It used to be that you would often be the only woman on a set in front of the camera, and behind the camera — apart from hair and makeup and wardrobe — everybody else would be male. Not that there’s anything wrong with the men. But to now not be isolated in your sex alone on a set. I see lots of women on a set now, and it’s wonderful.
Q: Films have always been here to tell stories and to entertain. How important do you think film is to preserve history or to make historical events even more accessible and understandable?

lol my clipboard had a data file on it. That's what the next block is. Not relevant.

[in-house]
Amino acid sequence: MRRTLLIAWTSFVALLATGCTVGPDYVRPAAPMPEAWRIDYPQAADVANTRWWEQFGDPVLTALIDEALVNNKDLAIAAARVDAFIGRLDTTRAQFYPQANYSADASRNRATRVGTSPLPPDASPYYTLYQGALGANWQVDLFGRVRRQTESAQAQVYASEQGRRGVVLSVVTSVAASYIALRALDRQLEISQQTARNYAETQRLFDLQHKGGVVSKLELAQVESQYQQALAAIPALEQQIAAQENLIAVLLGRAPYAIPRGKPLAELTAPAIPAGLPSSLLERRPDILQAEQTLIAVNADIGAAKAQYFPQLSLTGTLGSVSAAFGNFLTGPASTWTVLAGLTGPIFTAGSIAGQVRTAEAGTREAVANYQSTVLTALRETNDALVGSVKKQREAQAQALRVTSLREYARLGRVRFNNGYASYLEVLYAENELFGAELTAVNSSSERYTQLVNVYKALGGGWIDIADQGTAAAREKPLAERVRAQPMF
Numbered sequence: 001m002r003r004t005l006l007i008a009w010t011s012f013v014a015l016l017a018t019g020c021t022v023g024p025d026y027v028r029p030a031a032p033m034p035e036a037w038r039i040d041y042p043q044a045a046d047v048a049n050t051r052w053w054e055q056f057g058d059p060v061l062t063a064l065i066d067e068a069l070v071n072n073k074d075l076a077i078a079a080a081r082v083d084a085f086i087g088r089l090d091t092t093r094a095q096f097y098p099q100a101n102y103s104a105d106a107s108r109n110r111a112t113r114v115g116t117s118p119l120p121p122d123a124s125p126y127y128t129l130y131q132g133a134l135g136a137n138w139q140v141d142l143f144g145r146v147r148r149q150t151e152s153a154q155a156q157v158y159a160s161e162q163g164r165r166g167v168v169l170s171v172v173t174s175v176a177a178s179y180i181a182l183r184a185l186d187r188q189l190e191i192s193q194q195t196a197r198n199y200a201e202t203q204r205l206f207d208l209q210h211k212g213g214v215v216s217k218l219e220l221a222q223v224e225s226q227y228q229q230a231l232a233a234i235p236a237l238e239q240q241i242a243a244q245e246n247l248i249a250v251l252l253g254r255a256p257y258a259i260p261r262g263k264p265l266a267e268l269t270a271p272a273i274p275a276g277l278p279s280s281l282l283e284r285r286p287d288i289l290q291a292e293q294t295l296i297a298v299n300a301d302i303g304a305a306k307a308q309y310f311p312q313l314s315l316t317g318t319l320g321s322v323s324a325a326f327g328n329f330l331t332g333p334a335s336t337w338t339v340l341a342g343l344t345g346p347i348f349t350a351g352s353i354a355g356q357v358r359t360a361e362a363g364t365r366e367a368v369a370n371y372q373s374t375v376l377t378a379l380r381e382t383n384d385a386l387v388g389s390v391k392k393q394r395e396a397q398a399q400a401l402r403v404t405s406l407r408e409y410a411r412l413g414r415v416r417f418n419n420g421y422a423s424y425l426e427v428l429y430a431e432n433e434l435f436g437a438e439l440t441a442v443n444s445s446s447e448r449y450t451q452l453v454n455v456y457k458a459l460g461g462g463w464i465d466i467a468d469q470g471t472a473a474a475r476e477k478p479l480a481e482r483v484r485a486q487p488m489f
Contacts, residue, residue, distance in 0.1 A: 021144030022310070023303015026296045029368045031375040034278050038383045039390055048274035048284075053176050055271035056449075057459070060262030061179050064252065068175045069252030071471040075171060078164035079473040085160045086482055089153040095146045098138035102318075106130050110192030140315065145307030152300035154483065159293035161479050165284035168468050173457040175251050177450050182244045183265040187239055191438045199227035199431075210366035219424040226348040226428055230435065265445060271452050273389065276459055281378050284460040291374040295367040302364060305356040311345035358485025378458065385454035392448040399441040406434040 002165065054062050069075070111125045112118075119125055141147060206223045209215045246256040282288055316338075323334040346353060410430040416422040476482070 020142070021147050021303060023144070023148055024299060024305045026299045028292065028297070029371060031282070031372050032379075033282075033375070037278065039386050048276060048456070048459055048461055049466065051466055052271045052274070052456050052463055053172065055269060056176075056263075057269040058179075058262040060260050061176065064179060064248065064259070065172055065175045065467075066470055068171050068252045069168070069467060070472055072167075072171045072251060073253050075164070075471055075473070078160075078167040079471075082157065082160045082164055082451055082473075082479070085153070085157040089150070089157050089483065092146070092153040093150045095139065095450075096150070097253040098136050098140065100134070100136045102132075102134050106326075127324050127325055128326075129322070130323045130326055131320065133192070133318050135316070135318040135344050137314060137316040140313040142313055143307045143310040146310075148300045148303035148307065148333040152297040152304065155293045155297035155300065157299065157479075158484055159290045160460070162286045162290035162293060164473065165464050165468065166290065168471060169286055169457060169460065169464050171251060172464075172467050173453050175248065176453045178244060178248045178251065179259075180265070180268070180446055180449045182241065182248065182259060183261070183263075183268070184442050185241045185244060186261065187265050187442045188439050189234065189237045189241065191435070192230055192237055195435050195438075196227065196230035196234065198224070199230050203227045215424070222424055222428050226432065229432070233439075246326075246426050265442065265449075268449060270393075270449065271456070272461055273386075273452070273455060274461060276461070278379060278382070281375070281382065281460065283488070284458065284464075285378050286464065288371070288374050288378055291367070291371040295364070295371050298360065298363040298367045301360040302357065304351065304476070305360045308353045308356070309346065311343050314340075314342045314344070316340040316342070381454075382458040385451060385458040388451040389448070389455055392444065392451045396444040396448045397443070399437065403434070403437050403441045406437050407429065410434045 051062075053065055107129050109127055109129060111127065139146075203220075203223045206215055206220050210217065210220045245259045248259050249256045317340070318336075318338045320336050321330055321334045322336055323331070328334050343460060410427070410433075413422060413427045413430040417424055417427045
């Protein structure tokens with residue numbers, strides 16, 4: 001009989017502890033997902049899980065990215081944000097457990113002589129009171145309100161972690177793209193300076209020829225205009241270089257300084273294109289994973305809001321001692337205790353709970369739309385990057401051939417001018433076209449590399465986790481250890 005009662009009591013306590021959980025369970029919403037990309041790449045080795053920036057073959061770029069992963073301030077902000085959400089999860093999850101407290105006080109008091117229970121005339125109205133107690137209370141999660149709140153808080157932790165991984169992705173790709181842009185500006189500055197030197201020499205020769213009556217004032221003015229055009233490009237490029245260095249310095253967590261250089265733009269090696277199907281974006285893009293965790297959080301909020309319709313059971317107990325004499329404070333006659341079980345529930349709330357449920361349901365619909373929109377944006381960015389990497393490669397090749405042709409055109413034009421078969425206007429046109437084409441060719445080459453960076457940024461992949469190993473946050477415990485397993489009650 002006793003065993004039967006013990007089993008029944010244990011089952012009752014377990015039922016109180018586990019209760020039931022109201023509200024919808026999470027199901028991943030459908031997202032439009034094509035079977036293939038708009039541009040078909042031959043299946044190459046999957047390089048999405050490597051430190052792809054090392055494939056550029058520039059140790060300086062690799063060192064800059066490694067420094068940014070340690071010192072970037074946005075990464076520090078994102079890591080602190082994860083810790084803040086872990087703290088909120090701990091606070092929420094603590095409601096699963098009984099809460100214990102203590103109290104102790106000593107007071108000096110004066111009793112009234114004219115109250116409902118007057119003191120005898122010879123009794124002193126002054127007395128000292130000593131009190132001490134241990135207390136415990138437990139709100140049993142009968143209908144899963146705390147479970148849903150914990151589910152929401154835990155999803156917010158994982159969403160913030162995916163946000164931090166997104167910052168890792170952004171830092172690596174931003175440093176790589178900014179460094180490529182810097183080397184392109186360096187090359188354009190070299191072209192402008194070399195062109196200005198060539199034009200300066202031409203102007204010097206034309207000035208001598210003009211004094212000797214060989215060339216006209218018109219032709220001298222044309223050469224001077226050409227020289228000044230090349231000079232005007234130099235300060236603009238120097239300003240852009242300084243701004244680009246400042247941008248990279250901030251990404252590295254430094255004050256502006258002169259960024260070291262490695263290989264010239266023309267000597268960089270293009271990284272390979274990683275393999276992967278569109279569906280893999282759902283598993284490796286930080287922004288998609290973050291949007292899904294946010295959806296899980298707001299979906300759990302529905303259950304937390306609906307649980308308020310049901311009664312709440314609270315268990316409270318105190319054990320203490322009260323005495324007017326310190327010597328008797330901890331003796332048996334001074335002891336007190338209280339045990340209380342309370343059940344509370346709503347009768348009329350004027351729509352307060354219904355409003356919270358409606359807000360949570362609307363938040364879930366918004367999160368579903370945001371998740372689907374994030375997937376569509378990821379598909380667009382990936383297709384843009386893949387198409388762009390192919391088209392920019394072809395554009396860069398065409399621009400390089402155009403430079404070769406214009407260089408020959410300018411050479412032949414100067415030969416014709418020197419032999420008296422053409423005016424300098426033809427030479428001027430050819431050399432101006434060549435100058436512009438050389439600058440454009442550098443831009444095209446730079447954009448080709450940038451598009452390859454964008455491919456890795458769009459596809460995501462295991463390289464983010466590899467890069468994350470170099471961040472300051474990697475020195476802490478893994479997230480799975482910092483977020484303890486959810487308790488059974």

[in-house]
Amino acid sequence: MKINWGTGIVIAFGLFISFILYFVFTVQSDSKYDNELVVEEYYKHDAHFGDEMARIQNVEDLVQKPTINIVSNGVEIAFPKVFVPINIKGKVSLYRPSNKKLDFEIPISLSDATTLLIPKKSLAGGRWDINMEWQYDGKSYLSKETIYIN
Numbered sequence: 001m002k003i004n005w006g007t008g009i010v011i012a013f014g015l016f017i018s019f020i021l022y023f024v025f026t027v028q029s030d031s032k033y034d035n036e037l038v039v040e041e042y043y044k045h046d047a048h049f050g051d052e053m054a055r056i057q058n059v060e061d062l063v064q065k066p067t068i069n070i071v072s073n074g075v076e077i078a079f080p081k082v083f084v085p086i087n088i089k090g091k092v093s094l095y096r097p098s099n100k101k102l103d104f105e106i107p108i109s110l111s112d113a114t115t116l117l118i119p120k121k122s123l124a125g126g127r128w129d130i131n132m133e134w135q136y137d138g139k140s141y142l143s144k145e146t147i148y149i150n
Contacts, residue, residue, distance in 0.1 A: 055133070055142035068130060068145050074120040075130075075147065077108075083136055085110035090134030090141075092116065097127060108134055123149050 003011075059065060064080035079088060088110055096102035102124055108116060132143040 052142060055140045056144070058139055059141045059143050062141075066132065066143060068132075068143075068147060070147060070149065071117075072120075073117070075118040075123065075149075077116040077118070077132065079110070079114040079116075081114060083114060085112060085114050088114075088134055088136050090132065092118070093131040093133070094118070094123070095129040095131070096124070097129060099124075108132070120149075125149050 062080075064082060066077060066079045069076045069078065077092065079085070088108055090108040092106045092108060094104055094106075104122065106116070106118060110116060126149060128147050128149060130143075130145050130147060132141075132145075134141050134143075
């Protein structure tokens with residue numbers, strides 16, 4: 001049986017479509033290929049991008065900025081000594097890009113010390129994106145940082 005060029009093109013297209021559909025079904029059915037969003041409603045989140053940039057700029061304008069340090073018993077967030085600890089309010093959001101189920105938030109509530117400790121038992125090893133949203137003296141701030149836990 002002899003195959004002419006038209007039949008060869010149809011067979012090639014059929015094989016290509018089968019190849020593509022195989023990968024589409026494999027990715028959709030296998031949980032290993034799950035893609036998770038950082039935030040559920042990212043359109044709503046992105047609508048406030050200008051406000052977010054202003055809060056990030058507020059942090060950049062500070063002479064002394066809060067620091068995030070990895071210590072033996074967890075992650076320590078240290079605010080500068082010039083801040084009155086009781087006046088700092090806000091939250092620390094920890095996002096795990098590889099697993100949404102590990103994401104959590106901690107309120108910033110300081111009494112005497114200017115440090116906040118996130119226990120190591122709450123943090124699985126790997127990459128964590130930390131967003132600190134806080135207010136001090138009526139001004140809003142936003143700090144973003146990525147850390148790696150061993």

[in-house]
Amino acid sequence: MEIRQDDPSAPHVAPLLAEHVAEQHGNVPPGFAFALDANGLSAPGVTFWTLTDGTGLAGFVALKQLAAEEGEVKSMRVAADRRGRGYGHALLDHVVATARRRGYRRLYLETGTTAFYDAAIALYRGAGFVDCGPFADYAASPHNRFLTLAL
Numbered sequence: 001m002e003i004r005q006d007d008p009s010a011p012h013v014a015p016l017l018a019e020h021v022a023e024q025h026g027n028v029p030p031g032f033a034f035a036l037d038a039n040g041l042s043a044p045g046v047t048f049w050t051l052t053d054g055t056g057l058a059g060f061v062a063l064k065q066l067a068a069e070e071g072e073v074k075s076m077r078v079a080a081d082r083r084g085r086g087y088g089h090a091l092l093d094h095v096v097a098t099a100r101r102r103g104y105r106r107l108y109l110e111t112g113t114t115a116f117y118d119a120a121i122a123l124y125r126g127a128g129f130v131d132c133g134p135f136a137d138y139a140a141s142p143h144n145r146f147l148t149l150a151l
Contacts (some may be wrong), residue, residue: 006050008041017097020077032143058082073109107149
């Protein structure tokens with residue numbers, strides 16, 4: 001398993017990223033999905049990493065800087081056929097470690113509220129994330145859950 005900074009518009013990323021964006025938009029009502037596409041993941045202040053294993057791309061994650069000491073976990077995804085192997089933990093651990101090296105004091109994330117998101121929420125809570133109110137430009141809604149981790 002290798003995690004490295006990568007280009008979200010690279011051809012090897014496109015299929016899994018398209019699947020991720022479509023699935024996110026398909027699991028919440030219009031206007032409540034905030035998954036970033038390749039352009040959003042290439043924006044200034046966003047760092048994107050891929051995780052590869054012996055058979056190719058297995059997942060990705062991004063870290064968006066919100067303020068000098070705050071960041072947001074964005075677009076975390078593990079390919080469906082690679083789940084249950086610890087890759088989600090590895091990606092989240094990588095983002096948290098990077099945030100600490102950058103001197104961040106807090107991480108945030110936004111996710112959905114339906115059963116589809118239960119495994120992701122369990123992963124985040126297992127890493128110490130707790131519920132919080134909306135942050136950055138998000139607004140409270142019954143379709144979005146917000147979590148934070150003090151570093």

JE: The capability, the reach, that cinema has, the ability to move people, the ability to reach an enormous number of people, the ability to reach people who are all sitting together in a cinema — that is very powerful. But I think we can’t ever assume that just because something is in a movie that it is true. I think this is maybe a dangerous assumption to make. I know that in the case of our movie, I trust that the people who made it put every possible intent in for that to be true. I wouldn’t want to go towards saying if something’s filmed, if something’s in a film, that it is the way things happened. But I think it’s mainly how many people, the reach that cinema has, the reach that the spoken word has, the reach that the written word has — they’re all so powerful. Journalism is so powerful.